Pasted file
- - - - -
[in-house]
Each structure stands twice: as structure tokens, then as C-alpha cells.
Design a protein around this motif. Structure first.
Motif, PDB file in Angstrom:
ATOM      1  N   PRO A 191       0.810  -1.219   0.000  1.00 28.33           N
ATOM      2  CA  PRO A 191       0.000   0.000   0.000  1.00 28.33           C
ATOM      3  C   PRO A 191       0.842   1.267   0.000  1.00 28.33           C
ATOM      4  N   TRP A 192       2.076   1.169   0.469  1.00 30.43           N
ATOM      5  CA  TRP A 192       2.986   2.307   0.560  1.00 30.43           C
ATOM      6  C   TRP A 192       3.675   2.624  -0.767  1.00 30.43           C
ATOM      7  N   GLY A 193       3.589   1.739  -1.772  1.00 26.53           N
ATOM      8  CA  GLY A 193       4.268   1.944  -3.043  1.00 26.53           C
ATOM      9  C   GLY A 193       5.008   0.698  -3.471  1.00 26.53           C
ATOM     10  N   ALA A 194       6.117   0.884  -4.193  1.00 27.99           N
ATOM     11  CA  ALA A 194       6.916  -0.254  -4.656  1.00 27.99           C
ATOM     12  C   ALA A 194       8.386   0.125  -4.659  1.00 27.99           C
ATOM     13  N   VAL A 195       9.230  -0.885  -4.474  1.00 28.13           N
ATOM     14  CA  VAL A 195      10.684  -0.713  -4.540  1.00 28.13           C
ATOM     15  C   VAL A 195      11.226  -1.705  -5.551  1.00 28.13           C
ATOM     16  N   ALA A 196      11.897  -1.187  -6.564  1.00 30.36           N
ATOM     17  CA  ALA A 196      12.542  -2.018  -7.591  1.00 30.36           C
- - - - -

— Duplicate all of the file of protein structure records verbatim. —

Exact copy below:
[in-house]
Each structure stands twice: as structure tokens, then as C-alpha cells.
Design a protein around this motif. Structure first.
Motif, PDB file in Angstrom:
ATOM      1  N   PRO A 191       0.810  -1.219   0.000  1.00 28.33           N
ATOM      2  CA  PRO A 191       0.000   0.000   0.000  1.00 28.33           C
ATOM      3  C   PRO A 191       0.842   1.267   0.000  1.00 28.33           C
ATOM      4  N   TRP A 192       2.076   1.169   0.469  1.00 30.43           N
ATOM      5  CA  TRP A 192       2.986   2.307   0.560  1.00 30.43           C
ATOM      6  C   TRP A 192       3.675   2.624  -0.767  1.00 30.43           C
ATOM      7  N   GLY A 193       3.589   1.739  -1.772  1.00 26.53           N
ATOM      8  CA  GLY A 193       4.268   1.944  -3.043  1.00 26.53           C
ATOM      9  C   GLY A 193       5.008   0.698  -3.471  1.00 26.53           C
ATOM     10  N   ALA A 194       6.117   0.884  -4.193  1.00 27.99           N
ATOM     11  CA  ALA A 194       6.916  -0.254  -4.656  1.00 27.99           C
ATOM     12  C   ALA A 194       8.386   0.125  -4.659  1.00 27.99           C
ATOM     13  N   VAL A 195       9.230  -0.885  -4.474  1.00 28.13           N
ATOM     14  CA  VAL A 195      10.684  -0.713  -4.540  1.00 28.13           C
ATOM     15  C   VAL A 195      11.226  -1.705  -5.551  1.00 28.13           C
ATOM     16  N   ALA A 196      11.897  -1.187  -6.564  1.00 30.36           N
ATOM     17  CA  ALA A 196      12.542  -2.018  -7.591  1.00 30.36           C